- Pandemics have been increasing over the past 20 years.
- The swift development of SARS-CoV-2 vaccines was in part due to the structure of the virus.
- Future viruses that could cause pandemics may be more “evasion-strong.”
- Investing in the development of vaccines that can respond to a wide variety of virus mutations is key to preparedness, scientists argue.
Scientists from the Scripps Research Institute in San Diego, CA, have published a commentary arguing that governments should invest in new vaccine technology to help in the fight against future pandemics.
In the article, which appears in the journal Nature, the experts suggest that vaccines that make use of “broadly neutralizing antibodies” could target numerous strains of a virus family, such as coronaviruses or influenza.
This could offer comprehensive protection against particularly dangerous viral strains that may emerge in the future.
The current COVID-19 pandemic is a recent example of the dangers that easily transmissible and potentially deadly viruses pose to humans.
These can bring wild animals into closer proximity with humans and livestock, increasing the risk of zoonotic viruses crossing between species.
And until the world’s governments respond to these underlying factors, pandemics will pose a significant risk.
However, in their new commentary, Dr. Dennis R. Burton and Dr. Eric J. Topol argue that one way of dealing with this threat is investing in vaccine technologies that can respond to a wide variety of virus types.
They claim this is particularly urgent because the rapid development of SARS-CoV-2 vaccines was in part possible due to the structure of the virus. Future viruses may not be so amenable to rapid vaccine development using conventional technologies.
SARS-CoV-2 has a large attachment site, through which it replicates itself within the host organism’s cells. This structural quality means it is relatively easy to develop vaccines that can stick to the virus’s attachment site, stopping it from working.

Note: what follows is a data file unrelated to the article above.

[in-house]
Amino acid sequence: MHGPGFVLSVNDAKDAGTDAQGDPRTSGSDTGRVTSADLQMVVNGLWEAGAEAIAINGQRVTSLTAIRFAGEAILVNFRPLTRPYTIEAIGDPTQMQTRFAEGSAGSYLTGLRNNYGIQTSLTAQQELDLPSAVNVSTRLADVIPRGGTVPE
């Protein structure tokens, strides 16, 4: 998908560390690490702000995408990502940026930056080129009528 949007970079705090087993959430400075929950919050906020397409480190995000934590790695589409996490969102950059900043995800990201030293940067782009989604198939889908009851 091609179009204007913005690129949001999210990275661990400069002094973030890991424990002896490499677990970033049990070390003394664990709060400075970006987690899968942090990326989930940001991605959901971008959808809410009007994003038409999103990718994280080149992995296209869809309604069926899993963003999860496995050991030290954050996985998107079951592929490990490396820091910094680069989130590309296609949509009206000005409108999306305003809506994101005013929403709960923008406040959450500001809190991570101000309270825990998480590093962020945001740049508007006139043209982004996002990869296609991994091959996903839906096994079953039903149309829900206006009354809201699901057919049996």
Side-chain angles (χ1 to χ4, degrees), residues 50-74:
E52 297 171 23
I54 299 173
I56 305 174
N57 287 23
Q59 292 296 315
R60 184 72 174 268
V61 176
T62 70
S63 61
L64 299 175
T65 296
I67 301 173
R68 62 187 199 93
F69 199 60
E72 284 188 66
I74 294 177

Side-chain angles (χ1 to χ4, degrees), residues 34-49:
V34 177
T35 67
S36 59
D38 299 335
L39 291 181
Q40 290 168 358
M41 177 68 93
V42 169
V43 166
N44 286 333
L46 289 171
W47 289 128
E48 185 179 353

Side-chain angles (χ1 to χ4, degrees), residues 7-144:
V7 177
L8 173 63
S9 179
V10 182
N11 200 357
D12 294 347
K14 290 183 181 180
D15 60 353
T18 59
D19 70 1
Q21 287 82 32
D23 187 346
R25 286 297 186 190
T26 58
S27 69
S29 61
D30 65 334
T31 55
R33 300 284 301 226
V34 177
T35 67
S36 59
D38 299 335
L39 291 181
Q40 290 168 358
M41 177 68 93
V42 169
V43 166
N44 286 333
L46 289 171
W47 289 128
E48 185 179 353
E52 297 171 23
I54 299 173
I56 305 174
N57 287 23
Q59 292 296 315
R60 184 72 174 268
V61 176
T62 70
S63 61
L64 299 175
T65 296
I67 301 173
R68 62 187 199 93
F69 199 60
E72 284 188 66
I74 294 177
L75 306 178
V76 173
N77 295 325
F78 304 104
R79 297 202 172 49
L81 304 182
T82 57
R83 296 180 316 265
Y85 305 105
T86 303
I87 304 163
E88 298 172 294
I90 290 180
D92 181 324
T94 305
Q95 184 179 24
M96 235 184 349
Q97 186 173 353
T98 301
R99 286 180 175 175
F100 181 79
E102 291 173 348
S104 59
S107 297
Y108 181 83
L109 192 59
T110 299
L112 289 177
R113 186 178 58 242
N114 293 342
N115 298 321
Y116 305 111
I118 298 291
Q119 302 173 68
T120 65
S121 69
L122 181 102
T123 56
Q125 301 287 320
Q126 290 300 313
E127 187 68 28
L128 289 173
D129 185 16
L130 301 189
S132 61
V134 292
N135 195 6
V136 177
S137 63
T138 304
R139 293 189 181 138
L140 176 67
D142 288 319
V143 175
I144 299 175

SARS-CoV-2 is in this sense “evasion-lite,” meaning it does not rely on evading a person’s antibodies to proliferate but by quickly triggering the infection in a person before they have built up an immunological response.
However, some viruses are more “evasion-strong.” Dr. Burton and Dr. Topol highlight HIV, which can stay hidden from a person’s immune system for years and generate a vast number of strains within the body.
If a respiratory virus with these properties emerges, it will take far longer to develop an effective vaccine, while the potential effects of the virus could be far worse if allowed to develop into a pandemic.
To account for this, Dr. Burton and Dr. Topol argue there should be investment in research around “broadly neutralizing antibodies.” These antibodies are able to effectively respond to a variety of strains of the same virus, not just one particular strain.
This means they could be valuable in responding to new mutations of a dominant virus — such as SARS-CoV-2 — as well as potentially offering protection against novel strains of particular virus families, such as coronaviruses.
Scientists could also potentially use broadly neutralizing antibodies as a type of drug in treating disease symptoms or reducing transmission rates, the authors say.
For Dr. Burton and Dr. Topol, health organizations could stockpile these types of vaccines in advance of the next potential pandemic, giving populations worldwide a headstart in keeping any outbreak under control.
For example, researchers could use this approach to develop an influenza vaccine that would be effective against various virus strains. Currently, new influenza vaccines are produced annually, with scientists attempting to predict which mutations are likely to be most prominent during the next flu season.
According to the authors, this is particularly important because “[i]n terms of pandemic potential, influenza virus ticks all of the boxes. It is a respiratory virus, is readily transmitted between humans, and has animal reservoirs.”
The authors recognize there are significant challenges to overcome with this new method of vaccine development.
However, they argue the financial investment necessary to get this type of vaccine ready to be trialed in humans — approximately $100–200 million per virus over a number of years — would be well worth it, particularly in light of global military spending.
In their words, “[a]s we’ve seen for influenza, one virus strain can cause more deaths than a world war and result in trillions of dollars of economic damage. Surely, global governments that together spend $2 trillion a year on defense can find a few hundred million dollars to stop the next pandemic?”
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